Creating a Win-Win in Utilization Management

As healthcare organizations continue to transition to value-based care, provider relationships with patients and payers alike will be affected. Value-based care, at its very core, redefines old methodologies and relies on evidence-based outcomes, which is good news for all parties involved. Historically contentious relationships between providers and payers have an opportunity to improve as both groups’ ultimate goals merge.

Some providers – and patients – remain skeptical about a health plan having its members’ best interests at heart. However, it stands to reason that in the long run healthier patients cost payers less.

In Managed Care Magazine, Tammie Phillips, Vice President of Business Consulting for McKesson Health Solutions, shares her opinion about how traditional utilization management (UM) can benefit from a new health economy in a value-based world:

 “We have a utilization management process. We have guidelines. We have evidence. But we’re not using them effectively. Who wants to be admitted to a hospital if they don’t have to? Who wants spine surgery if it’s not warranted? Certainly providers and payers are conceptually aligned on what matters: Providers want to deliver the right care and payers want to pay for the right care. When researchers run the numbers, however, it becomes clear that traditional utilization management isn’t living up to its full potential.

That’s the bad news. The good news: By employing a new process designed for a value-based world, payers can influence decisions as they’re being made, streamline the administrative burden, and better engage providers in a collaborative relationship that supports value-based care.”[1]

The Value of UM

UM programs are becoming more dynamic and objective due to the rise of evidence-based medicine.

Early on, UM interventions were geared towards a focus on cost containment. This focus has shifted to support quality-based outcomes. For example, national accreditation agencies such as NCQA and URAC have expanded their UM standards to require quality improvement initiatives that are developed, implemented, monitored and tracked.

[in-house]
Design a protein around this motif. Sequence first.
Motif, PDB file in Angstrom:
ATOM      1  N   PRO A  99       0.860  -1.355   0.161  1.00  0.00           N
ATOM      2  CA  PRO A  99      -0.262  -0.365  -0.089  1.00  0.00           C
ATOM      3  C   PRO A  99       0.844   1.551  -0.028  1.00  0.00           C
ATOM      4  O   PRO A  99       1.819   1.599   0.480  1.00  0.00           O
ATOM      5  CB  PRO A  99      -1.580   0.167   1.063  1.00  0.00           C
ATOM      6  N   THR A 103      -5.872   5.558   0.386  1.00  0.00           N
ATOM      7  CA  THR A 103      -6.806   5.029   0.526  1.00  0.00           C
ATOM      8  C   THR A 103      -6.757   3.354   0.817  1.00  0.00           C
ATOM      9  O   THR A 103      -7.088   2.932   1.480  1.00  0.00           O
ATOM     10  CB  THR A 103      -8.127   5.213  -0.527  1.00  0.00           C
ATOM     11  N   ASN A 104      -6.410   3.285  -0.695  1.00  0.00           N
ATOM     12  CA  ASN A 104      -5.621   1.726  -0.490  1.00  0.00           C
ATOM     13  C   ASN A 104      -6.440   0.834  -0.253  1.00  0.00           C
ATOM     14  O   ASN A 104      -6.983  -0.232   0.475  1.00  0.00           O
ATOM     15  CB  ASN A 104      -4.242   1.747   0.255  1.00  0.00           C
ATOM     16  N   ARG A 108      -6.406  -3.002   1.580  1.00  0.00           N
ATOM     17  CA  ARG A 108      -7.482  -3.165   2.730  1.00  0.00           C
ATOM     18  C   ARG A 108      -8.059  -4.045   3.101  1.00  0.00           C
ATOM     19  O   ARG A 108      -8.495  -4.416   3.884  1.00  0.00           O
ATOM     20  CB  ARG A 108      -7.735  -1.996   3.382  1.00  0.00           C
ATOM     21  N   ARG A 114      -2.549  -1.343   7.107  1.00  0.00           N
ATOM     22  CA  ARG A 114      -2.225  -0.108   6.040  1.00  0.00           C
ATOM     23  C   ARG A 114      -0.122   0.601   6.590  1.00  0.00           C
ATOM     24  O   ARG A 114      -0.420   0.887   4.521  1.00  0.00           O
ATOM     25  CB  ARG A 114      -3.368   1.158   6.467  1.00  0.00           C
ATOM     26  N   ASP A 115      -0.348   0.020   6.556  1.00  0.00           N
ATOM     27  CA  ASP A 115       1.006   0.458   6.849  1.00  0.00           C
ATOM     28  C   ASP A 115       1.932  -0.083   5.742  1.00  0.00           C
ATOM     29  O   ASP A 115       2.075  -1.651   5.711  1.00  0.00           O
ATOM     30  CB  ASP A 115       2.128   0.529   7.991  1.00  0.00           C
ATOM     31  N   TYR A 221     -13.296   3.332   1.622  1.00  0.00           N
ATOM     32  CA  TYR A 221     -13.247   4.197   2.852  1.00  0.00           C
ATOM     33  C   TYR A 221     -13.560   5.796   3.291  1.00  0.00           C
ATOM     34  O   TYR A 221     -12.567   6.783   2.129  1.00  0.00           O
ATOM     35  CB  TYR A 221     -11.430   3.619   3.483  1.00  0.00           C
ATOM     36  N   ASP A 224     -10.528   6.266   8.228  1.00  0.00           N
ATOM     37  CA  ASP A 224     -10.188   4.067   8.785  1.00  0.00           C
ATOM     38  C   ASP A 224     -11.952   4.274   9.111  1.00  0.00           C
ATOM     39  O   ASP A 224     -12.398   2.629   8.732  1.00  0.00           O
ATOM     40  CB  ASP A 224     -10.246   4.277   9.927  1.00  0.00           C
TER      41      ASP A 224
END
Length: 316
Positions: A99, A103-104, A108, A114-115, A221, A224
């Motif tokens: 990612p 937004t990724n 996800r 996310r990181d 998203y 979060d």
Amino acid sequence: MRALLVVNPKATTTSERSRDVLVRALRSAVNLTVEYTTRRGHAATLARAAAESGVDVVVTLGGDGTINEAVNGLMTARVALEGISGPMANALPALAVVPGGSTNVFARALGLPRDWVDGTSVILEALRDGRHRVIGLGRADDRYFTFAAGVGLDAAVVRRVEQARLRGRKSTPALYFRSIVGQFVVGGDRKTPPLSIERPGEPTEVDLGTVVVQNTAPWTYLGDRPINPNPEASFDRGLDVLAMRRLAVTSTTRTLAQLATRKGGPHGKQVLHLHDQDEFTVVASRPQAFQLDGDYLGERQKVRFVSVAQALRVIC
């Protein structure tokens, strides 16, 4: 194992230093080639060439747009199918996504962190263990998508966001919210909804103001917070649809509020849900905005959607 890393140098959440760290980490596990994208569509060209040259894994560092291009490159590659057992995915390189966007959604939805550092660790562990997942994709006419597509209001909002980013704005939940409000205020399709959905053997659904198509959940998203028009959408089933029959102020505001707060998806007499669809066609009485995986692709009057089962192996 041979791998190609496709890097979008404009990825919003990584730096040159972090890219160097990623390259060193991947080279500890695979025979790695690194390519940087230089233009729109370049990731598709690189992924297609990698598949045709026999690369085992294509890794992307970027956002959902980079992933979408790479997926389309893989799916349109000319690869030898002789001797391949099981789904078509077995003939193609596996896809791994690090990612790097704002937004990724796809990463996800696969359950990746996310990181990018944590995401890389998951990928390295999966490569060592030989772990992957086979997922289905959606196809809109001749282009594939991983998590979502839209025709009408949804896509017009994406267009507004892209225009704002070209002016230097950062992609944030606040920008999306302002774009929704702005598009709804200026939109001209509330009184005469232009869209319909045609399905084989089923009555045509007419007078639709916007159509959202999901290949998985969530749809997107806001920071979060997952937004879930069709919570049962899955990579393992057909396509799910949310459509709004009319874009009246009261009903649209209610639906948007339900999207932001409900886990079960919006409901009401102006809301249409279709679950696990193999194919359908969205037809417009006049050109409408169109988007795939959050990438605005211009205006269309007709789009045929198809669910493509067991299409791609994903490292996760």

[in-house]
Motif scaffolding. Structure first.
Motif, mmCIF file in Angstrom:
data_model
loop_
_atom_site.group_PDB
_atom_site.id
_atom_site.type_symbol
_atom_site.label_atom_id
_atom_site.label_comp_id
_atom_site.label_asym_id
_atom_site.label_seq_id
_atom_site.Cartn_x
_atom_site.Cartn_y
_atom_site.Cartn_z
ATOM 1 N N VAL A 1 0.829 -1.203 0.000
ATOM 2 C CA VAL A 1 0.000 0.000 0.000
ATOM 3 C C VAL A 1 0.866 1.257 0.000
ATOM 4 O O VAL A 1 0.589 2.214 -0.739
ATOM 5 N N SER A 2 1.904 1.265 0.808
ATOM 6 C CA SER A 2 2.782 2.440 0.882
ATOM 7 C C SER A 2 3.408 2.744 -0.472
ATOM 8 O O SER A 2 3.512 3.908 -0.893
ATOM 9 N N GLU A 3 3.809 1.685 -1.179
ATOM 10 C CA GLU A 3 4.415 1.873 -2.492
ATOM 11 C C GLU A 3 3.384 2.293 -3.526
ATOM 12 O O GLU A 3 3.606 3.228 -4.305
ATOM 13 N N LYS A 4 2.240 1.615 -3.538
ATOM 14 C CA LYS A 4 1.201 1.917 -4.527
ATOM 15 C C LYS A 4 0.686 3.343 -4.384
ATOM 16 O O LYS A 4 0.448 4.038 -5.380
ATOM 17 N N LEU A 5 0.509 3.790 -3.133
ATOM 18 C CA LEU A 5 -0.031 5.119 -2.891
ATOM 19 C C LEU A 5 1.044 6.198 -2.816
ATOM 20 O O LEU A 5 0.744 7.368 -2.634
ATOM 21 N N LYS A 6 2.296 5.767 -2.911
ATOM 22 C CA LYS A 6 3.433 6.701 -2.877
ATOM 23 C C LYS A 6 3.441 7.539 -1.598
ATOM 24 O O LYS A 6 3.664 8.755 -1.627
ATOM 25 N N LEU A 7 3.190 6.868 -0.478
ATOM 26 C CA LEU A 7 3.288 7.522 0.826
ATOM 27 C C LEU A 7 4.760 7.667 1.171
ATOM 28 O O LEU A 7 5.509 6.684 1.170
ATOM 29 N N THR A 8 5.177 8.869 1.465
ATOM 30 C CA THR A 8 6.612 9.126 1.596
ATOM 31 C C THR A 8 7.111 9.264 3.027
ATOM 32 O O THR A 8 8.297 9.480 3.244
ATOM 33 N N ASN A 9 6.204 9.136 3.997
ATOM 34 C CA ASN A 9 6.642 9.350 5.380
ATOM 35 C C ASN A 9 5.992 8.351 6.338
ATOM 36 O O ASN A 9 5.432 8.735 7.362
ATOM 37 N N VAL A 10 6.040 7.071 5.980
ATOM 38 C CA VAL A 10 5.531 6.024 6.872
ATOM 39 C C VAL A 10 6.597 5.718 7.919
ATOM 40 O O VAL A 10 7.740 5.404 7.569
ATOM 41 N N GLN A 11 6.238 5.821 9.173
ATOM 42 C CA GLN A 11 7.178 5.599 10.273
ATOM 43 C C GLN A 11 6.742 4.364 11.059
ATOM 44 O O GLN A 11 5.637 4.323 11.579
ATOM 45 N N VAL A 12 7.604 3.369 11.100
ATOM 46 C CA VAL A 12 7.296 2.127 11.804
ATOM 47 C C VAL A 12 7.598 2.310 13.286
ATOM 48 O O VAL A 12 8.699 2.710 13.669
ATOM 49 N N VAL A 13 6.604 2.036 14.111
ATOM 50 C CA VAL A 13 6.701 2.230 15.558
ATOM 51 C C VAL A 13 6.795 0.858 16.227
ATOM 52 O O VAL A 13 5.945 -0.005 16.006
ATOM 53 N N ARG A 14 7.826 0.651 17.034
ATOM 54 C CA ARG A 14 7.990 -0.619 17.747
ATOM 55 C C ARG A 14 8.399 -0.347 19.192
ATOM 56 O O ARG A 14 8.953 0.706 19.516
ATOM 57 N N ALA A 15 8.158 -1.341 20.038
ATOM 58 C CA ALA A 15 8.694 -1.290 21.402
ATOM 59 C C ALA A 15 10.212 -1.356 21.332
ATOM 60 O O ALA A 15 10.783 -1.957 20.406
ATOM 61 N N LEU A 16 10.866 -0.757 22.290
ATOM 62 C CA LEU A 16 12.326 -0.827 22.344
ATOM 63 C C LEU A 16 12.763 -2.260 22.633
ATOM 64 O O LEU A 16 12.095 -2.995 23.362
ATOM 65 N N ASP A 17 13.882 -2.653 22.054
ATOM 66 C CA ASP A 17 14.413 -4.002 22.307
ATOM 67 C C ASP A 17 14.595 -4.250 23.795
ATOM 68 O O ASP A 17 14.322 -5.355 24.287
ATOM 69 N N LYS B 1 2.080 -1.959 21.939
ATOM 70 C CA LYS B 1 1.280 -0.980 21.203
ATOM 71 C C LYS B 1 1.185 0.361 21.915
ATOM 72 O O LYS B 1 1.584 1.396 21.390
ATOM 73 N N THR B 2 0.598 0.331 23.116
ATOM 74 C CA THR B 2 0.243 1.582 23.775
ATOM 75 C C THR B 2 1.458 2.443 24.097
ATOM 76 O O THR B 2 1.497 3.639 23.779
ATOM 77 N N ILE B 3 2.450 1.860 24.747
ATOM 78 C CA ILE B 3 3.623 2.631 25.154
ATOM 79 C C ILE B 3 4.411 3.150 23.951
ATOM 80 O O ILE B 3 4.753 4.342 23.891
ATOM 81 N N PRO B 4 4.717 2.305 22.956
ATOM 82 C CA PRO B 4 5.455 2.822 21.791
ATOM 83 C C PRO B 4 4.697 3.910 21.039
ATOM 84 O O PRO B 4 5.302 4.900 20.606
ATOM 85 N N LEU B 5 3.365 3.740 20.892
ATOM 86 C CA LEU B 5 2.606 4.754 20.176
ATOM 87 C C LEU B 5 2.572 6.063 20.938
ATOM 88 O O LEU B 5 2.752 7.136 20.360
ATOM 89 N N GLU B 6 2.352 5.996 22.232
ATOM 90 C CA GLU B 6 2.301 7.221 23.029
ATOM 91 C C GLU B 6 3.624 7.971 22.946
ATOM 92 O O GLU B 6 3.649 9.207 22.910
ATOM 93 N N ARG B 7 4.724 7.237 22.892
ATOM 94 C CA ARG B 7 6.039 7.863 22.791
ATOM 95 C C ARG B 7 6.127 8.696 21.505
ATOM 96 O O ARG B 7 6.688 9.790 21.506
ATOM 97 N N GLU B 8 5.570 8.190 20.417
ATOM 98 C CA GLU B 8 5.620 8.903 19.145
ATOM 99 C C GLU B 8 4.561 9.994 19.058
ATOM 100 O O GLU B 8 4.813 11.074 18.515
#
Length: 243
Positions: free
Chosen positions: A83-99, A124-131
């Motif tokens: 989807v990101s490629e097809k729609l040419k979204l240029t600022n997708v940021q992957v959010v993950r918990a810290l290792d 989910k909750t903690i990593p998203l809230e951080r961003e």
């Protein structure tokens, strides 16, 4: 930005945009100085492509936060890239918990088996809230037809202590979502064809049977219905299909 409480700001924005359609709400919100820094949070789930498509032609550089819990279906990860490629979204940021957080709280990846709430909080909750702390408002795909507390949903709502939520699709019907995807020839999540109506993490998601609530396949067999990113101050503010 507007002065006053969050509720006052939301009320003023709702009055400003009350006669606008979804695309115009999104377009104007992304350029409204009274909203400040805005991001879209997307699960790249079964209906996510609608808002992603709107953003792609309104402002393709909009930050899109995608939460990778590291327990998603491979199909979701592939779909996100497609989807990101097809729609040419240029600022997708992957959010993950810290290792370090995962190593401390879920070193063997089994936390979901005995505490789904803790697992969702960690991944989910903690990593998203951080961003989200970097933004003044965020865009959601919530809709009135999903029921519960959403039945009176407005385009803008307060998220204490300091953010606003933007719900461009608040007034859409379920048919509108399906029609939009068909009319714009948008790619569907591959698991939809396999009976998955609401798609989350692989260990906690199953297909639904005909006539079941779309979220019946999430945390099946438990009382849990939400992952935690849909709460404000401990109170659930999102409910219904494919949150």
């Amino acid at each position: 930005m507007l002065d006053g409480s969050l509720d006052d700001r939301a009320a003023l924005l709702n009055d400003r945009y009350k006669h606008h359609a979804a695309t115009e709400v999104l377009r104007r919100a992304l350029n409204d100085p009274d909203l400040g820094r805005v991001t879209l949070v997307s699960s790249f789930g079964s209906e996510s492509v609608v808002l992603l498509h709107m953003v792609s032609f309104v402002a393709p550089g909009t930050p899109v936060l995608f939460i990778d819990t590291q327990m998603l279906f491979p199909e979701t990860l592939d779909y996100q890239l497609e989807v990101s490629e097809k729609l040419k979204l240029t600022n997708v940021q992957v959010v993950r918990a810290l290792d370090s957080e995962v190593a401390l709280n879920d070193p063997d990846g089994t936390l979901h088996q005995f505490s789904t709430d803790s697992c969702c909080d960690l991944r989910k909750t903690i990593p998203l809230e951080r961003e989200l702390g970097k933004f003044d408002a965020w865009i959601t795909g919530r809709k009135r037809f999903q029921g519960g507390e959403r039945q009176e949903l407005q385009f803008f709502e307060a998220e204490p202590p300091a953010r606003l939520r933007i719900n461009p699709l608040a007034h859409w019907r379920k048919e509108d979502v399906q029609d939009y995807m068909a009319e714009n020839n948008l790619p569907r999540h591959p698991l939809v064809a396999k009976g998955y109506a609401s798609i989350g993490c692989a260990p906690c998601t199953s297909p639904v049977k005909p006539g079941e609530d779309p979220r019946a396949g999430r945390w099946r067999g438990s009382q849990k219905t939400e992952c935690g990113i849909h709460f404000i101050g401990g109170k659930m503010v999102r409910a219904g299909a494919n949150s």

Coverage and denial management is a pivotal area for application of evidence-based guidelines and presents an opportunity to clearly demonstrate that a plan’s rulings are evidence-based.

As a result of its extensive subject matter, RegQuest is a must-have resource for health care professionals, compliance staff, benefit administrators, consumers, government officials and others who require a better understanding of the UM process. This easy-to-use service assists medical insurance management in the areas of business, legal and regulatory forces and stays on top of all new federal and state requirements. As a subscriber, you gain instant access to up-to-date information on UM, external review (ER) as well as grievance and administrative appeals. With a mouse click you can review state surveys, trend reports, blogs and more.

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[1] Phillips, Tammie RN, “Fixing Utilization Management To Fit With a Value-Based World,” Managed Care Magazine, March 2016, Retrieved from: